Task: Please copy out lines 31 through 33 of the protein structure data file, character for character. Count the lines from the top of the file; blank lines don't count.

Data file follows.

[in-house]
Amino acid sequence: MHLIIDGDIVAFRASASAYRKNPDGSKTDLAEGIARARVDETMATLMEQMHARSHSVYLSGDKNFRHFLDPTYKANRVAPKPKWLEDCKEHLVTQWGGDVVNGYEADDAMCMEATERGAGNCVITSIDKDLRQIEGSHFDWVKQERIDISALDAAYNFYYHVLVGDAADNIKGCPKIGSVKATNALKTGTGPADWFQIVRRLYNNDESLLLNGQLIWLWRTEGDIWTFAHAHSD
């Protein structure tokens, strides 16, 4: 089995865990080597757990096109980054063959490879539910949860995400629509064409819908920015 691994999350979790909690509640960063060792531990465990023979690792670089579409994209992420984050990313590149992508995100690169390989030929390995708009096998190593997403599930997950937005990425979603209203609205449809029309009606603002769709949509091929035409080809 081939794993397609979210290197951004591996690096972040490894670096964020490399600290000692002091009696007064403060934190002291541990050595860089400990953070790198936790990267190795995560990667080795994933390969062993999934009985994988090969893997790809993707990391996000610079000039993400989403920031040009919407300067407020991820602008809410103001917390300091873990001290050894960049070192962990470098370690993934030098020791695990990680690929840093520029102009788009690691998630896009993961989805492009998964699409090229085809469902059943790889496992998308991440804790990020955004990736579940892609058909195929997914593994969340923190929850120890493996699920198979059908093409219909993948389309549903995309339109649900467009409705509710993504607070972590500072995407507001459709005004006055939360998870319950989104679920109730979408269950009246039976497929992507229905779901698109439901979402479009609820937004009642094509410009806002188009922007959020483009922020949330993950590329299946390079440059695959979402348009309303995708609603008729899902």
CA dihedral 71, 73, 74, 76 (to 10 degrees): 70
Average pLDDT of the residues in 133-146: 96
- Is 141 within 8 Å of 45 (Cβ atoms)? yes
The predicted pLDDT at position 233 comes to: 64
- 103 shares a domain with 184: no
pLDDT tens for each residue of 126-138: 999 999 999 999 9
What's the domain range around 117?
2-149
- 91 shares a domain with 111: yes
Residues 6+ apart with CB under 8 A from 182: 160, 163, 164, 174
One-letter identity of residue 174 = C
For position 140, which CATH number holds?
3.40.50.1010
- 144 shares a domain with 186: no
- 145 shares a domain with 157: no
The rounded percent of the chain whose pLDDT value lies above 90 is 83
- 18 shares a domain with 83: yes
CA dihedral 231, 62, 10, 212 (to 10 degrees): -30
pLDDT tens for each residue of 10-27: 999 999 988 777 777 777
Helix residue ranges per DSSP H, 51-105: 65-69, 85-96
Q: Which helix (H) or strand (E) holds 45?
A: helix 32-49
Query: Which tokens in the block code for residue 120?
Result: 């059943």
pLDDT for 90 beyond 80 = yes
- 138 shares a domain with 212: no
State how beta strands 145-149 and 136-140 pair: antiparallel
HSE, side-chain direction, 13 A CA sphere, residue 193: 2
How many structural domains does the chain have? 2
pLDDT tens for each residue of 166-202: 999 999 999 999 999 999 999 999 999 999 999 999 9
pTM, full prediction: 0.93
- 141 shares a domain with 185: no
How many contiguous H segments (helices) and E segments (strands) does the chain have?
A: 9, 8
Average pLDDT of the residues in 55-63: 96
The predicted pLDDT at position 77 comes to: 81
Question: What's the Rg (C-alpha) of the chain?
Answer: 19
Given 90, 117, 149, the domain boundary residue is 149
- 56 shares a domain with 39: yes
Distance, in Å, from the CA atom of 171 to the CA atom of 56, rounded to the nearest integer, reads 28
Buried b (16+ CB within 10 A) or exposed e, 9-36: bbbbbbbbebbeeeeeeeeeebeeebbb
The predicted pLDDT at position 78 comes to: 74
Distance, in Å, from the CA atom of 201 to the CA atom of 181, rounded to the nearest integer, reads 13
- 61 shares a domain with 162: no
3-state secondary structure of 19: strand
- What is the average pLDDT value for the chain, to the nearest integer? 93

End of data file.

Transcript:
HSE, side-chain direction, 13 A CA sphere, residue 193: 2
How many structural domains does the chain have? 2
pLDDT tens for each residue of 166-202: 999 999 999 999 999 999 999 999 999 999 999 999 9